This eight hectare site was the town’s refuse tip prior to 2001 (along with Parish Wood), but is now a flourishing nature reserve owned and managed by FBOG. The shallow soils and irregular topography mean that most of the area is only suitable for rough grazing, though the northern two hectares, never having been tipped on, are given over to environmentally-friendly agriculture. Hedge planting and freshwater scrapes have greatly enhanced the area for wildlife and the reserve is now an exemplar of habitat creation.
Resting, as it does, close to the north cliffs, the reserve acts as an oasis for birds freshly arrived over the waves or using the coast as a fly-way. The mosaic of scrub, grassland, hedgerows and freshwater pools is in stark contrast to the monocultural surrounding fields, and birds are naturally drawn in from far and wide. As well as migrants, there are several resident beneficiaries (many of which are in grave trouble in the wider countryside) including Grey Partridge, Meadow Pipit, Yellowhammer, Reed Bunting, Barn Owl, Brown Hare and Roe Deer.
Other groups are well represented: Fungi can be spectacular, especially in autumn, and the erratic appearance of four species of orchid in summer can be impressive. Insects abound, with a fantastic range of dragonflies over the pools, and bees, hoverflies and butterflies attending the flowering plants. The centre of the Old Tip is grazed by cattle between May and October to encourage ground biodiversity; access within is restricted to group members, but good views of the birdlife can come from the footpath running alongside the field and up to the cliff top.
Spring (April-May): Birdsong fills the air as Skylarks and Meadow Pipits start to nest, Grey Partridges lurk cryptically in hedge backs, and Brown Hares bound after each other around the fields. Spring-plumaged migrants arrive and quickly set up territories; listen for Sedge Warbler and Whitethroat, and keep an eye out for regular scarcities like Red-backed Shrike (or even Woodchat and Great Grey if your luck is in). Scan the pool edges for waders (Temminck’s Stint has occurred recently) and passerines (Yorkshire’s first Black-headed Wagtail visited here in 2013).
Summer (June-August): Flowers, butterflies and cliff-nesting birds make a trip in summer well worthwhile. Take the path up to the cliff top and witness the spectacle of auks, Fulmars and gulls scrapping noisily over nesting ledges. The only coastal Cormorant colony in Yorkshire is viewable from here and local Peregrines add to the mix. Cliff-top plants here include Fragrant Orchid, and Barn Owls become easier to watch as they strive to feed growing young.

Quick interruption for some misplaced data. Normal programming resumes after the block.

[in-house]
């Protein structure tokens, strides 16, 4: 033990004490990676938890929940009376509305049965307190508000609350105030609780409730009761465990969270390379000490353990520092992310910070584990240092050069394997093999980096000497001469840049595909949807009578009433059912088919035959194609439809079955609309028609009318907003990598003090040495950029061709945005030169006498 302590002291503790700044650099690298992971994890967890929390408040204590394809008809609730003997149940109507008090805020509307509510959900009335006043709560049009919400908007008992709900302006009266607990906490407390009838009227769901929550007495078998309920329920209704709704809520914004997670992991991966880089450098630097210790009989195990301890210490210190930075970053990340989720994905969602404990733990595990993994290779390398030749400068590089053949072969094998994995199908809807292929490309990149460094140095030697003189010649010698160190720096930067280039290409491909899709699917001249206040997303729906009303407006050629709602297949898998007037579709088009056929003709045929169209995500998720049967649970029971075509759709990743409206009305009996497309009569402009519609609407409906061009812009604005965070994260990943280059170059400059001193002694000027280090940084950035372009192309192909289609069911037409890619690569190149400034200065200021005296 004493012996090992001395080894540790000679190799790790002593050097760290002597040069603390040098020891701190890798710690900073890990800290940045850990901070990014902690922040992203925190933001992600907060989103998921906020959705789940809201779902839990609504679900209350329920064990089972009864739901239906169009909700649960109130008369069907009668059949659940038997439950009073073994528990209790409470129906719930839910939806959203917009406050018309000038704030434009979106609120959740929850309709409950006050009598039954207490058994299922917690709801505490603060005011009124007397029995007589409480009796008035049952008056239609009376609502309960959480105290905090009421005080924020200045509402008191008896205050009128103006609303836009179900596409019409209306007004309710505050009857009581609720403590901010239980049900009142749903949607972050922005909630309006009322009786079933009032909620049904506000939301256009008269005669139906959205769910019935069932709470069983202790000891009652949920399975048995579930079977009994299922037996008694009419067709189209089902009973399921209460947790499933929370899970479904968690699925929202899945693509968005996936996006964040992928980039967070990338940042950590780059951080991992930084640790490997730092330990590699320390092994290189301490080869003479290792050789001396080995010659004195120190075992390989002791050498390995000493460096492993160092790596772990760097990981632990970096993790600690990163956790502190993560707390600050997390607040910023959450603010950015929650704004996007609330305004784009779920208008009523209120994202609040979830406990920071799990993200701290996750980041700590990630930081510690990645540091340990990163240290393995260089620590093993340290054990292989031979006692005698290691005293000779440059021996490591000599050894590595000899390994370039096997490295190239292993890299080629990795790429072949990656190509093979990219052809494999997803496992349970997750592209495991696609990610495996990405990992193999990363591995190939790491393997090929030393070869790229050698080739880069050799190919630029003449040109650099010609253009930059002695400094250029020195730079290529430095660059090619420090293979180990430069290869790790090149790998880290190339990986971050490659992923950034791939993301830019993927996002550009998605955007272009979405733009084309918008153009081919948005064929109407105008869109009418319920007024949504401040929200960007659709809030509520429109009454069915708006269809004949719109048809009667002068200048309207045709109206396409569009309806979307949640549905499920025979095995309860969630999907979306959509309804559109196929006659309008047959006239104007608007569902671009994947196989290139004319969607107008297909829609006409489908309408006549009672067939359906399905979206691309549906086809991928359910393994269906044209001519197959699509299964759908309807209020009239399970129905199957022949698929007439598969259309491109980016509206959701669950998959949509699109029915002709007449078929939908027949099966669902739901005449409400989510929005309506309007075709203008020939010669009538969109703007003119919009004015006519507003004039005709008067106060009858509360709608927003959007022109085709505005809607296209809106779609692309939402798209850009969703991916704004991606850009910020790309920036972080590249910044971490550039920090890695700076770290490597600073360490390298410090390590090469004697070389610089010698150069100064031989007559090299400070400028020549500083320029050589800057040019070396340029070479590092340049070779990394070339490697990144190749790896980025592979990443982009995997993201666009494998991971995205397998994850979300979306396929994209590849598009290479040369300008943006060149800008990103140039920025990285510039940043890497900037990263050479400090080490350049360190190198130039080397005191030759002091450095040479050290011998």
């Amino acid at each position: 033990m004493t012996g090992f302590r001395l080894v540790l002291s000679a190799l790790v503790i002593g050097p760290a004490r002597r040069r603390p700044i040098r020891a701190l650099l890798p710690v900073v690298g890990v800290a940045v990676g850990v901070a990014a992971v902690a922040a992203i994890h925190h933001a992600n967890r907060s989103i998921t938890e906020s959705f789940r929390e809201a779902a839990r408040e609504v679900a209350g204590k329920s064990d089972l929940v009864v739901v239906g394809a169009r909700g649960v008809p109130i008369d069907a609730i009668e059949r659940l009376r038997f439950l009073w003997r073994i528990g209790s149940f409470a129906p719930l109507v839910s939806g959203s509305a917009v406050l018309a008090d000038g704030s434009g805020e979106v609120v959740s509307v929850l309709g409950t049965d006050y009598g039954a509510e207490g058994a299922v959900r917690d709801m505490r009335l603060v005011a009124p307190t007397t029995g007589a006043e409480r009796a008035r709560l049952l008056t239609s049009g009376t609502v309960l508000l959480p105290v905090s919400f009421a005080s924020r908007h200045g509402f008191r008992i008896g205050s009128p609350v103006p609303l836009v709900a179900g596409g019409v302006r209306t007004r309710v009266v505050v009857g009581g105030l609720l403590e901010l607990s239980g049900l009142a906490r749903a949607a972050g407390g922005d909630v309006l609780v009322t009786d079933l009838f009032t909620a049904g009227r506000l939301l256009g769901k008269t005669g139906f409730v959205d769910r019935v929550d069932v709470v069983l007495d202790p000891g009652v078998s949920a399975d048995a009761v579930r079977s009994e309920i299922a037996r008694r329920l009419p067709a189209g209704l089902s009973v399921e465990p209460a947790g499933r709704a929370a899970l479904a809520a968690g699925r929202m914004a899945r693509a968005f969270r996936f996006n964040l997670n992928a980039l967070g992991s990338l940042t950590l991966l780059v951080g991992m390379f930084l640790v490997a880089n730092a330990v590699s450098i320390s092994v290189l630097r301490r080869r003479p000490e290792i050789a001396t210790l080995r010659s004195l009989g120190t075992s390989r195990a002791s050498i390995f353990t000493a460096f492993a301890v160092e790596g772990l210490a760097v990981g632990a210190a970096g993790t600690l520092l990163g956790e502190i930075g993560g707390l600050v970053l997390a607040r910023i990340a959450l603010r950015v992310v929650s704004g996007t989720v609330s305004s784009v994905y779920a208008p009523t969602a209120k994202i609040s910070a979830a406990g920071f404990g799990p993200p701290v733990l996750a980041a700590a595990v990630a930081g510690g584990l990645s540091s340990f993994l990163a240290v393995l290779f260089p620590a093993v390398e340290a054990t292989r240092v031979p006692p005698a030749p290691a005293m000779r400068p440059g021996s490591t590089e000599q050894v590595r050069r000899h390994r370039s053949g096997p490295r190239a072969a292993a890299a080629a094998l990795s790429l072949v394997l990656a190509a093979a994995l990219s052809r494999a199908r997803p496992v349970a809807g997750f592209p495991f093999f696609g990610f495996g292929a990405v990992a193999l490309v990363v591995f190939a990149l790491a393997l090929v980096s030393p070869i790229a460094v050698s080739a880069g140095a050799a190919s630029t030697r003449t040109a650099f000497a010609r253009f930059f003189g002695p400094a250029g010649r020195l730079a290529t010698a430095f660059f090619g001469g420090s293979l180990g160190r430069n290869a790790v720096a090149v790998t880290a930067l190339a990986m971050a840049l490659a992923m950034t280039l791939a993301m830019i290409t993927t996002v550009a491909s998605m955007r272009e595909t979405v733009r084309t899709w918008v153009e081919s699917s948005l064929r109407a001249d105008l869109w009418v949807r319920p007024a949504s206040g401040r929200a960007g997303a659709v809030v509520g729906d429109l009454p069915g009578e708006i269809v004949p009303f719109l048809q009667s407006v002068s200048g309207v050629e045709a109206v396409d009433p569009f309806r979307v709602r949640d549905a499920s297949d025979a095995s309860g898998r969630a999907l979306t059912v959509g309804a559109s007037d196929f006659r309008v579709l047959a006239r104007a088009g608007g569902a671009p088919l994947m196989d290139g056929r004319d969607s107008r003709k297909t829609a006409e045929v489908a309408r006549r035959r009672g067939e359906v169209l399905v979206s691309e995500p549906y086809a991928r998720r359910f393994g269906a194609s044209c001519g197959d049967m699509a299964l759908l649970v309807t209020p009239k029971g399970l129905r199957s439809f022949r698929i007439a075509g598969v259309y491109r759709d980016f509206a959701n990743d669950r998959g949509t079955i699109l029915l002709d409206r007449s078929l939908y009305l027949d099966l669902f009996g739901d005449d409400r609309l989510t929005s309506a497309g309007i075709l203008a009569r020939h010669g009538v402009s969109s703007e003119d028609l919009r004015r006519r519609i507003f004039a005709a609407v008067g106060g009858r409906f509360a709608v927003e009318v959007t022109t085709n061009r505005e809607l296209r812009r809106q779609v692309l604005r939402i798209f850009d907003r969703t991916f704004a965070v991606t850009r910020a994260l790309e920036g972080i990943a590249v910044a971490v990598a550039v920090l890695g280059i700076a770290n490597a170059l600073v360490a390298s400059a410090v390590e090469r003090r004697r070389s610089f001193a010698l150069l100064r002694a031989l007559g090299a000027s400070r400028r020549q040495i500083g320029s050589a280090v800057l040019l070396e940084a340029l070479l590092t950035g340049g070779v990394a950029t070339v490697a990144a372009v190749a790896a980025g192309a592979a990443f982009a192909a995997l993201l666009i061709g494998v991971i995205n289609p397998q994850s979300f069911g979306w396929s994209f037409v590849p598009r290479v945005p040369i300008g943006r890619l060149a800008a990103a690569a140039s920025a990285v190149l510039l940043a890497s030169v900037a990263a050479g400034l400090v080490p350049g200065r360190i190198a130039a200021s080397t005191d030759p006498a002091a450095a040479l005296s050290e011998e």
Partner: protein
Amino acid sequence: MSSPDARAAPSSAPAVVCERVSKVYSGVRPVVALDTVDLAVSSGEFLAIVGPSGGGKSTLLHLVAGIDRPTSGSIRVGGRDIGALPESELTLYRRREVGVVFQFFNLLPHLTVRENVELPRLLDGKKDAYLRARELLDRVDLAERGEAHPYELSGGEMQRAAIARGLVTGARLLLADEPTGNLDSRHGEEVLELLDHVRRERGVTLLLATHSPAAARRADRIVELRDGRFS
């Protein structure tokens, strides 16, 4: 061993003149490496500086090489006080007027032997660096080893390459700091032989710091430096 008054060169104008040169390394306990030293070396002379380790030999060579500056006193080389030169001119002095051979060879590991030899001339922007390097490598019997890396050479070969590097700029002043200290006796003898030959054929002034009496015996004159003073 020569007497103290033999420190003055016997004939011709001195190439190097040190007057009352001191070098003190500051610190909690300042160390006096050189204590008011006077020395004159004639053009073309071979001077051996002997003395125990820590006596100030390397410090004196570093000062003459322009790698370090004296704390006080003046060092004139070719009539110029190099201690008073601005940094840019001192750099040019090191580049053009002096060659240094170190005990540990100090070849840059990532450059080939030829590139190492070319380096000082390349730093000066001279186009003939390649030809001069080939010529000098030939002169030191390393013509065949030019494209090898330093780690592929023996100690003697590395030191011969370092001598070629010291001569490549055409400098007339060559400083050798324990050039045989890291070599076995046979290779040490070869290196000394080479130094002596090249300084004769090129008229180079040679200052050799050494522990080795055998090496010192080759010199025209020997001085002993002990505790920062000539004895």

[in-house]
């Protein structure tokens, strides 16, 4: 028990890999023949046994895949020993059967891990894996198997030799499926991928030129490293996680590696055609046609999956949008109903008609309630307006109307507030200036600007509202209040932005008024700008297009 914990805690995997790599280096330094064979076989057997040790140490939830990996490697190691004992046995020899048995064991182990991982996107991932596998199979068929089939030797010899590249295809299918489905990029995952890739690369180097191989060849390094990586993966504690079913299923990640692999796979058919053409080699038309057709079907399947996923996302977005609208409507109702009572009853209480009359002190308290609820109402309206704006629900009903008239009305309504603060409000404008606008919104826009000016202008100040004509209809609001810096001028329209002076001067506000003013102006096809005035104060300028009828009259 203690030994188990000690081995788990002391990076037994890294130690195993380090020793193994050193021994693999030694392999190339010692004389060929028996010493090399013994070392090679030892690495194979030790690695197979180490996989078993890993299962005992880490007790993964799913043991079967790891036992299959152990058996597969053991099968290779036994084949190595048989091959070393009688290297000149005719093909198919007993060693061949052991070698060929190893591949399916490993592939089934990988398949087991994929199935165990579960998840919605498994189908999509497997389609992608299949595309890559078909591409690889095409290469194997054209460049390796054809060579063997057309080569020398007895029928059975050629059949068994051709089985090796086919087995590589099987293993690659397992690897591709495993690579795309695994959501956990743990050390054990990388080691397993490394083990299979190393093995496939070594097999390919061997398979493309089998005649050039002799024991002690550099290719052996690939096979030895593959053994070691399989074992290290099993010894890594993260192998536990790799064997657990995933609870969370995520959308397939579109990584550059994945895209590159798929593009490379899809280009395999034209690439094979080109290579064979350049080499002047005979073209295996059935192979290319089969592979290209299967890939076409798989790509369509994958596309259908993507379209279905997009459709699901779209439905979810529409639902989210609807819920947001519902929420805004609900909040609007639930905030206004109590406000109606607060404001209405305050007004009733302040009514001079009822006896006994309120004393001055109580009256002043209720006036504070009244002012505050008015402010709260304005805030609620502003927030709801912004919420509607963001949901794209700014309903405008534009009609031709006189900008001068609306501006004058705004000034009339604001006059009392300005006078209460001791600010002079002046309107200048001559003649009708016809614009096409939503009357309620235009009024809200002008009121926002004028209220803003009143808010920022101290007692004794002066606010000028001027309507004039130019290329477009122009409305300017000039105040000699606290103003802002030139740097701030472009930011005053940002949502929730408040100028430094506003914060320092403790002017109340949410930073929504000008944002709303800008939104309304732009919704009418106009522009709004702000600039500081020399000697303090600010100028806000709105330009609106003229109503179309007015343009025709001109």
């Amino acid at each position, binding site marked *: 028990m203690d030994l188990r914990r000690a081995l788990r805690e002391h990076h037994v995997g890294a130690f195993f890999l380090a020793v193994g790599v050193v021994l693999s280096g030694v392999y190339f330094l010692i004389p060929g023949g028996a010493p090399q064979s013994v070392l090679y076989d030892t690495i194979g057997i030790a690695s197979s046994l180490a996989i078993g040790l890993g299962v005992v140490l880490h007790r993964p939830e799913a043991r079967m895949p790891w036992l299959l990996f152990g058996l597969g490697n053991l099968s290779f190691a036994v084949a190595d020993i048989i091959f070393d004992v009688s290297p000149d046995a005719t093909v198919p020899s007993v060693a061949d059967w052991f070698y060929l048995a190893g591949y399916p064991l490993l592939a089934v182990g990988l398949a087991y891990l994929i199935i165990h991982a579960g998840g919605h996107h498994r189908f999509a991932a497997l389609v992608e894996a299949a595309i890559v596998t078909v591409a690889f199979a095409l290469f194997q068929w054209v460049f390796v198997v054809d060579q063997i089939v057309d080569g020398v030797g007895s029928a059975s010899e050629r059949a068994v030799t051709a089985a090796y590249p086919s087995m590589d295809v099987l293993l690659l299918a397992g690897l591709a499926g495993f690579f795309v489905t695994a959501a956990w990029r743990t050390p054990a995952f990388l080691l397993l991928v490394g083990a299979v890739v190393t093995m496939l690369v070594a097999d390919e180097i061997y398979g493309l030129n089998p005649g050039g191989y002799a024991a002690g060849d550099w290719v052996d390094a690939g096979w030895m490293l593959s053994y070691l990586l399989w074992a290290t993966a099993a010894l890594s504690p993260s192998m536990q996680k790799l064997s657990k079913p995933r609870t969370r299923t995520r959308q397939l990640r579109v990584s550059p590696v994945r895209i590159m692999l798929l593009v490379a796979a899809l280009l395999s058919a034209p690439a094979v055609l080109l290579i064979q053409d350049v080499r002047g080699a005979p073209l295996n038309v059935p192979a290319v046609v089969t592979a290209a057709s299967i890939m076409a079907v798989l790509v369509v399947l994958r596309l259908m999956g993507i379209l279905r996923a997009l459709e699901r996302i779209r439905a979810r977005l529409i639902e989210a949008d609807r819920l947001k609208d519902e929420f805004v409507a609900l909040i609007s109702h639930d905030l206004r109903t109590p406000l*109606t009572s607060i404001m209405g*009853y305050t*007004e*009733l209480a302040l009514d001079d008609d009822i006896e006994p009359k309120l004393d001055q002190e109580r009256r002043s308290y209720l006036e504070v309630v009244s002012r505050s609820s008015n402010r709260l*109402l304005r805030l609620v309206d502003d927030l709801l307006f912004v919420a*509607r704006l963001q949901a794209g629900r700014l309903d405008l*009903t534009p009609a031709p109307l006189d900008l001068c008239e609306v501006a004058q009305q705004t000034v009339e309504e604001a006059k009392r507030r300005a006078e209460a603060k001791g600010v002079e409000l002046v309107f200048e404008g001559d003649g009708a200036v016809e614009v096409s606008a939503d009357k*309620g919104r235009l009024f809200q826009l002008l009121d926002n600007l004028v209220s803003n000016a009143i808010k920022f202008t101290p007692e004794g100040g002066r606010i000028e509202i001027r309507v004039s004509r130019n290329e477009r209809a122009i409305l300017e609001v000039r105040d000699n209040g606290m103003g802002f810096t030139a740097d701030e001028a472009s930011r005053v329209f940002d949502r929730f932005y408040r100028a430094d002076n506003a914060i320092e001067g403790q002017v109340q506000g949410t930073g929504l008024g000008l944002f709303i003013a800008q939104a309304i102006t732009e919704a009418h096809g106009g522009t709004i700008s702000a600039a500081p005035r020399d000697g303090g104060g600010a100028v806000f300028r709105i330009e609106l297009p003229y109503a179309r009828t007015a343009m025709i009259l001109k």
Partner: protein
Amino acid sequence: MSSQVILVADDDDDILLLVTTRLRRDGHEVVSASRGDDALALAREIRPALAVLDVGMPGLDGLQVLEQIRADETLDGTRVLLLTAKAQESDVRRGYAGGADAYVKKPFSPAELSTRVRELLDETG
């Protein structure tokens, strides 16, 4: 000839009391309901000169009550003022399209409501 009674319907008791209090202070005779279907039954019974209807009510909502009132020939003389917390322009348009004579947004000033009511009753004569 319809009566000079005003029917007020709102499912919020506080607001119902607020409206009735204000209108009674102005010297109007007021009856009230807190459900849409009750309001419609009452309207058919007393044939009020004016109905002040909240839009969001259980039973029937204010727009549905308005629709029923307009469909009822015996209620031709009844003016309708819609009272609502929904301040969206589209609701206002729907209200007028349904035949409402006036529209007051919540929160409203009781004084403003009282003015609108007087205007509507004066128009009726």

Autumn (September-November): The most exciting quarter. Keep one eye on the weather forecast – north-easterly winds and overcast skies are best, and check the hedgerows and stubble fields for freshly arrived passerines. Huge, noisy arrivals of Redwing and Fieldfare are a good indicator, accompanied by Woodcock, Short-eared Owl, Goldcrest and almost anything from further east. Best birds in the past include: Dusky, Pallas’s and Hume’s Warbler, Rustic and Little Bunting, the aforementioned Shrikes and Rough-legged Buzzard. Timing a visit to coincide with a ringing session adds value – check the news page for details.
Winter (December-March): Listen for cackling geese early on, as Pink-feet coast down from Scotland and cut the corner here to cross Filey Bay. If the fields above the tip are in good condition Snow Buntings will gather; Lapland Buntings are scarce but worth looking out for, and the increasingly rare Corn Bunting might join the Reed Buntings and Yellowhammers. Snowfall produces a tracery of footprints; Brown Hare, Fox and Roe Deer all evident, and the Peregrines might be joined by a diminutive Merlin, dashing through the pipit flock.
For a fine blend of scenery, birds and flowers pick a nice day, park near the café in the Country Park and take the Cleveland Way footpath along the cliffs before dropping down onto the reserve. Take a slow circuit of the Parish Wood footpaths before returning along the cliffs to the café.
Access and directions:
The reserve is reached by either walking through Parish Wood or along the cliff-top from the Country Park / Carr Naze. The entrance to Parish Wood is on Sycamore Avenue on the Parish Fields estate. Approaching from Scarborough on the A1039 turn left onto Grove Hill Road, left at the end, and the entrance is 50 metres along on the right.
Dogs should be under control at all times and on leads between 1st April and 30th September. In order to protect all the wildlife in this reserve we recommend that dogs are kept on a lead throughout the year. Under no circumstances should they be allowed to enter the cattle enclosure.
Scarborough-Hull buses pass the end of Grove Hill Road; Scarborough to Hull trains call at Filey, and the Parish Wood entrance is approximately 20 minutes walk from the station.
Contact: Ian Robinson, firstname.lastname@example.org 01723 513991
Grid Reference: TA 112818
Nearest Postcode: YO14 9NU